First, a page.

As life wound its way along, I lost my writing practice as Ann Lamott or Natalie Goldberg might call it – and moved on to other things…including a lot of reading in the magical realism vein (see About Liz Cameron, above, for more on that) but have returned to creative (vs. academic) writing over the past two  years as an outlet of sorts.  The Karagöz puppets over at slowly-by-slowly.com have been the means to this end – always inspiring me to set my pen to proverbial paper on this laptop – and to write about what is going on – to be more present than my breakneck-paced job and life afford me.  I am writing in order to try to take more control of life.  To actually, well, to actually live life a bit more and observe upon it and to learn – and to just plain have fun, let’s be honest.

As I am writing this, Esma the hippie puppet is enthralled in one story from the Silver Fairy Book.  She just lifted her head to tell me – “so that’s where you got the idea of rose petals and jasmine blooms coming out of my mouth and ears when I am elated and happy – from this story of the curse of the princess who have frogs and toads come out of her mouth – and then rubies and diamonds-  gosh – that couldn’t be very comfortable, could it?” Leaving Esma to her enjoyment of the story, I move back to you, dear Andrew Lang.

So, in closing, thank you for the fairy stories, for opening my eyes and unbinding my writing hands and crazy imaged-mind.  And thank you for being open to letting those Karagöz puppets take me the rest of the way on the beginning of this new writing journey.  (Karagöz snorts at this soft-hearted patter but I will pay no heed as this is a love letter, and many snort at love).

Yours in the dark and in the light of human imagination,


P.S. I hope you won’t mind, but Hacivad Bey nods his head approvingly, and suggests I send a love letter to my husband instead, quoting from the Mevlana himself: “Your eyelashes will write on my heart the poem that could never come from the pen of a poet.”

Getting kids to eat in Turkish and American households: Your food is crying behind you…and “the starving Armenians”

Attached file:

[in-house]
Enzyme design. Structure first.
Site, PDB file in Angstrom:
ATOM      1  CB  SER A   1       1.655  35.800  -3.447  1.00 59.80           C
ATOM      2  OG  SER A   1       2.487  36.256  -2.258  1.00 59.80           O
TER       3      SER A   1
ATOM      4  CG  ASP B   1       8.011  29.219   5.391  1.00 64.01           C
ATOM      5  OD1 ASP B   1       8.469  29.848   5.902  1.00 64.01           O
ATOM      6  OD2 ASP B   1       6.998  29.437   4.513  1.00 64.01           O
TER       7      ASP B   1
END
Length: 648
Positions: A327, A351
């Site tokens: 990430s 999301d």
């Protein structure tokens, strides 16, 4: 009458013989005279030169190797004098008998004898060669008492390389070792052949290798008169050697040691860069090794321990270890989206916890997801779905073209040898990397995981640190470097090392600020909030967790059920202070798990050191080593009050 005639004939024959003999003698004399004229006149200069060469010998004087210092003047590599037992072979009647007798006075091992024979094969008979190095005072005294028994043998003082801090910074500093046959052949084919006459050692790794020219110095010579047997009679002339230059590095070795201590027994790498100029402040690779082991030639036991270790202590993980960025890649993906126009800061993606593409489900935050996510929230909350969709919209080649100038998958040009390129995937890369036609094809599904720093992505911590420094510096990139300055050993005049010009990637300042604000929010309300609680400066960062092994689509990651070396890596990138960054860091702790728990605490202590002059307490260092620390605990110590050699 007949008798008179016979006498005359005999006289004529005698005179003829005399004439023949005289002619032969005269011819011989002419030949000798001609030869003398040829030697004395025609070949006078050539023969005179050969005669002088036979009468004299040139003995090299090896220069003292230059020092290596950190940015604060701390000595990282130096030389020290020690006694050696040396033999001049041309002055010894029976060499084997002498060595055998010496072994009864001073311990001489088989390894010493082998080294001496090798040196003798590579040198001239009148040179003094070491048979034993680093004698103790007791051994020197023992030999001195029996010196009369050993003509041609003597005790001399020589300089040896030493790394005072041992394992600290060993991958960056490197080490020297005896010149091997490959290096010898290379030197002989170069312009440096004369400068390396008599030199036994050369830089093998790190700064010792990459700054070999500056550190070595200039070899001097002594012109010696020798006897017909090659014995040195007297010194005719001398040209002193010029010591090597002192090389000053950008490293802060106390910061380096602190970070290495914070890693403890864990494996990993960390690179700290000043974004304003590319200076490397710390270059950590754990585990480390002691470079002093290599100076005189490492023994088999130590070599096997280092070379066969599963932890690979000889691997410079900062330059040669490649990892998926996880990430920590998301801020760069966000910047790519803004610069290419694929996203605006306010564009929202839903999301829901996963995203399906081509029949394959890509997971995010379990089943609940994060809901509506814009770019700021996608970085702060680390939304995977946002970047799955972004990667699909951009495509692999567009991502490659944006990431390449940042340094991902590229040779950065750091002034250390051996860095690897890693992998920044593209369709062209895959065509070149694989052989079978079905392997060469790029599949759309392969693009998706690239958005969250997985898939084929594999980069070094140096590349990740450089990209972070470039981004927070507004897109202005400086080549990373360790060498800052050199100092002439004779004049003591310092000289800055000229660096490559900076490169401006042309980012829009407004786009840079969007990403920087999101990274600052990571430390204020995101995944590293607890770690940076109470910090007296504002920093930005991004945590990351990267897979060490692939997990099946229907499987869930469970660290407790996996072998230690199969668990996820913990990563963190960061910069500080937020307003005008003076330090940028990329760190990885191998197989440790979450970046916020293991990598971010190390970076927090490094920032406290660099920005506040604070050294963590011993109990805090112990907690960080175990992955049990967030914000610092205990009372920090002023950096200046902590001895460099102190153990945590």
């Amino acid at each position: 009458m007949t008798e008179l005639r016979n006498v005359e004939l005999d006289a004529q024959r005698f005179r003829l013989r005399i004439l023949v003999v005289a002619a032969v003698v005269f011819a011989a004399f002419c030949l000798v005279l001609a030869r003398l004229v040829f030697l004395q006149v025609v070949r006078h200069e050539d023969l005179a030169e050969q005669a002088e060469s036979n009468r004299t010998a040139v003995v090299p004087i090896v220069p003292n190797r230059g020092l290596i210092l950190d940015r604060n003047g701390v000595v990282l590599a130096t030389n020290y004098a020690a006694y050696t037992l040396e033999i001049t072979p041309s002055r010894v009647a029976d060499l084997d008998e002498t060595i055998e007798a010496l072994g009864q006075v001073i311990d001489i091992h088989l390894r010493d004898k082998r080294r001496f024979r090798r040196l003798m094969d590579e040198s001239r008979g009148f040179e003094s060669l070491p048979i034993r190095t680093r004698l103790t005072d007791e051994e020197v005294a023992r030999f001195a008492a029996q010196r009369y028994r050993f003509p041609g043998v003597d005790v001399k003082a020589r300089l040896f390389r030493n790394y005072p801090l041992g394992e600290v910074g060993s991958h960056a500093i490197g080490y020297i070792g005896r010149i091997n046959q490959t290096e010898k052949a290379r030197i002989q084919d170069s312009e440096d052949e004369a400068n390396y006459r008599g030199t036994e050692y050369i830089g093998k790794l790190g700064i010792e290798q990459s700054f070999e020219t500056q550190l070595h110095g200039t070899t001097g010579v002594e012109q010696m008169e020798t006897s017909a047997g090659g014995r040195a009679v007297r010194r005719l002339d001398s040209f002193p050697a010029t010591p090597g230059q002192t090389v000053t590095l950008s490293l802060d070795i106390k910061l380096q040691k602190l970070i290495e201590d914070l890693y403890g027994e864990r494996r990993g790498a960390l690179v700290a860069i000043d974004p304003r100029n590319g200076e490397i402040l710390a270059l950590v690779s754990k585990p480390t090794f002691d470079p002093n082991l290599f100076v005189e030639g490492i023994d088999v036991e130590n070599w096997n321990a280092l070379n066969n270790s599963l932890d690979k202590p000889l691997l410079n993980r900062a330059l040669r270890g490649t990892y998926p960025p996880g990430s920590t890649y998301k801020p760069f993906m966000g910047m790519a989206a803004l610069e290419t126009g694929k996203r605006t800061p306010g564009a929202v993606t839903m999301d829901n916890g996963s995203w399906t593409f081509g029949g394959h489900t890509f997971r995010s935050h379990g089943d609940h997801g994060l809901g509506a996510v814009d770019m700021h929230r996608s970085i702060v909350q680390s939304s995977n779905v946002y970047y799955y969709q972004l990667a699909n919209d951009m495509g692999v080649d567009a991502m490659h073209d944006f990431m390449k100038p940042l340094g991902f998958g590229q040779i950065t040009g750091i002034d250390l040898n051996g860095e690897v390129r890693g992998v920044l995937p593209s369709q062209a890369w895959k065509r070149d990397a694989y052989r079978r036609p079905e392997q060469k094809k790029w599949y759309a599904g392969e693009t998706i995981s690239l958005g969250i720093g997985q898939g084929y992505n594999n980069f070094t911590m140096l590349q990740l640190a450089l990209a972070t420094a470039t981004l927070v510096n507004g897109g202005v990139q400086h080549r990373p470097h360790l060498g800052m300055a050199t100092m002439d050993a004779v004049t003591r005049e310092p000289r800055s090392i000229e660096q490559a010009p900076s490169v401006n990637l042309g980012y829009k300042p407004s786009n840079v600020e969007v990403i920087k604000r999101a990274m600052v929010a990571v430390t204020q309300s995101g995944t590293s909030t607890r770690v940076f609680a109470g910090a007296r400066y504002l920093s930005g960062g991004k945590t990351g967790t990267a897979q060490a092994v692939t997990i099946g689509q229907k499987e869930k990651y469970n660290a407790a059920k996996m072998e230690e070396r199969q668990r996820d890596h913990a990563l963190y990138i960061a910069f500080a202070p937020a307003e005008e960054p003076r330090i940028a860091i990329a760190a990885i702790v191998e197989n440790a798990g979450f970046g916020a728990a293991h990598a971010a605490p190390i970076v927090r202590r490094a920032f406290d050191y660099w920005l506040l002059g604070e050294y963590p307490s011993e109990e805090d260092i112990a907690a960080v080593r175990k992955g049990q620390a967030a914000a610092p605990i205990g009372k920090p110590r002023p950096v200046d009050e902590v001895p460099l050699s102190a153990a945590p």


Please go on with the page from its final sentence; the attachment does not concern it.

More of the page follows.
Lately, I have been writing a set of posts about my early exposure to Islam – or anything remotely related to it (click here for a link to all posts of mine on that topic).

I am trying to get back in touch with how I came to learn about Islam – even if it was biased learning.

This is part of my effort to examine the potentially deep-seated views I may hold about M., his family, or his nation of birth, in my sub-textual reality or as the hard-core Freudian psychoanalysts might perhaps say, my id.

And it was this dredging effort, this effort to remember, that led me to turn to M. one day and ask, “canım, what did your mother say to you to get you to eat all of your food as a child?”

Of course my M., who was apparently the perfect child (which he annoyingly points out when we see screaming children throwing a tantrum in public or being too loud), explains that he never ever had a problem with this other than the times that he had pneumonia (you can read more about his childhood illness and the oxygen cure here).

During those bleak days, he told me, his mother would encourage him by saying in the sweetest of maternal voices, “canım, eat your food please, or it will go crying behind you!”  Hmmm.  I thought, “crying behind you.”

A bit of further explanation left no etymological data for analysis, and neither did a Google search.  Was this rooted in some historic challenge to food availability?  Unclear.  Probably just the non-culture bound efforts of yet another mother attempting to get her kid to eat – one of millions around the world.

As I was engaged in my googling effort, M. turned to me and asked the obvious follow-up question to mine – “what about you, canım sweetheart, what did your mom say to you?”  I sighed, put my laptop aside, and said “she told me to eat my New England boiled dinner without complaint and to remember the starving Armenians.”  M. sat up, eyes wide – “no kidding!”

Nope, no kidding.

M continued, with a look of shock: “And what did  you think about that – I mean – did you understand this was about the Armenian genocide?”